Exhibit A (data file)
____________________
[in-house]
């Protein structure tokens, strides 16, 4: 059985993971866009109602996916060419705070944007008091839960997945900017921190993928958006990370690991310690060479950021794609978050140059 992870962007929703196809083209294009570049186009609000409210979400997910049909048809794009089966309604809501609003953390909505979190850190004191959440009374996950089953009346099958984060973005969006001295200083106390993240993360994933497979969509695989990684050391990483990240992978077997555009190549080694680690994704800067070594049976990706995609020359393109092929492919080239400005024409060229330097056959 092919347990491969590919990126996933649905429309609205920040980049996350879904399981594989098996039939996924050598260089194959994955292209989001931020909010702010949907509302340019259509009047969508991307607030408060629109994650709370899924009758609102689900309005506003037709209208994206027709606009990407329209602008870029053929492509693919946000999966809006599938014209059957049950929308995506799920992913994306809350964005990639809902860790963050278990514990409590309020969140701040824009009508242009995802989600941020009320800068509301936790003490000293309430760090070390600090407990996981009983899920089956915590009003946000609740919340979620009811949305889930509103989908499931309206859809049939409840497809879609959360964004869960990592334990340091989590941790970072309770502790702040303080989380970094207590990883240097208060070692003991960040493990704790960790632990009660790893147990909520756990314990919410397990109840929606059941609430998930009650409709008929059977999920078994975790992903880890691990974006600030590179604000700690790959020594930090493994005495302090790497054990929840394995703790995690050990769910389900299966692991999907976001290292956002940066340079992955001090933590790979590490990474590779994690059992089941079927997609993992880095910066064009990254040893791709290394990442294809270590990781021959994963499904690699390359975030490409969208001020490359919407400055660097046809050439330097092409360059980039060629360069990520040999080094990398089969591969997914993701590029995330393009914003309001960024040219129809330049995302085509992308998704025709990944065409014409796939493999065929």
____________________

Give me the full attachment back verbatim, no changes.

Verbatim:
[in-house]
């Protein structure tokens, strides 16, 4: 059985993971866009109602996916060419705070944007008091839960997945900017921190993928958006990370690991310690060479950021794609978050140059 992870962007929703196809083209294009570049186009609000409210979400997910049909048809794009089966309604809501609003953390909505979190850190004191959440009374996950089953009346099958984060973005969006001295200083106390993240993360994933497979969509695989990684050391990483990240992978077997555009190549080694680690994704800067070594049976990706995609020359393109092929492919080239400005024409060229330097056959 092919347990491969590919990126996933649905429309609205920040980049996350879904399981594989098996039939996924050598260089194959994955292209989001931020909010702010949907509302340019259509009047969508991307607030408060629109994650709370899924009758609102689900309005506003037709209208994206027709606009990407329209602008870029053929492509693919946000999966809006599938014209059957049950929308995506799920992913994306809350964005990639809902860790963050278990514990409590309020969140701040824009009508242009995802989600941020009320800068509301936790003490000293309430760090070390600090407990996981009983899920089956915590009003946000609740919340979620009811949305889930509103989908499931309206859809049939409840497809879609959360964004869960990592334990340091989590941790970072309770502790702040303080989380970094207590990883240097208060070692003991960040493990704790960790632990009660790893147990909520756990314990919410397990109840929606059941609430998930009650409709008929059977999920078994975790992903880890691990974006600030590179604000700690790959020594930090493994005495302090790497054990929840394995703790995690050990769910389900299966692991999907976001290292956002940066340079992955001090933590790979590490990474590779994690059992089941079927997609993992880095910066064009990254040893791709290394990442294809270590990781021959994963499904690699390359975030490409969208001020490359919407400055660097046809050439330097092409360059980039060629360069990520040999080094990398089969591969997914993701590029995330393009914003309001960024040219129809330049995302085509992308998704025709990944065409014409796939493999065929």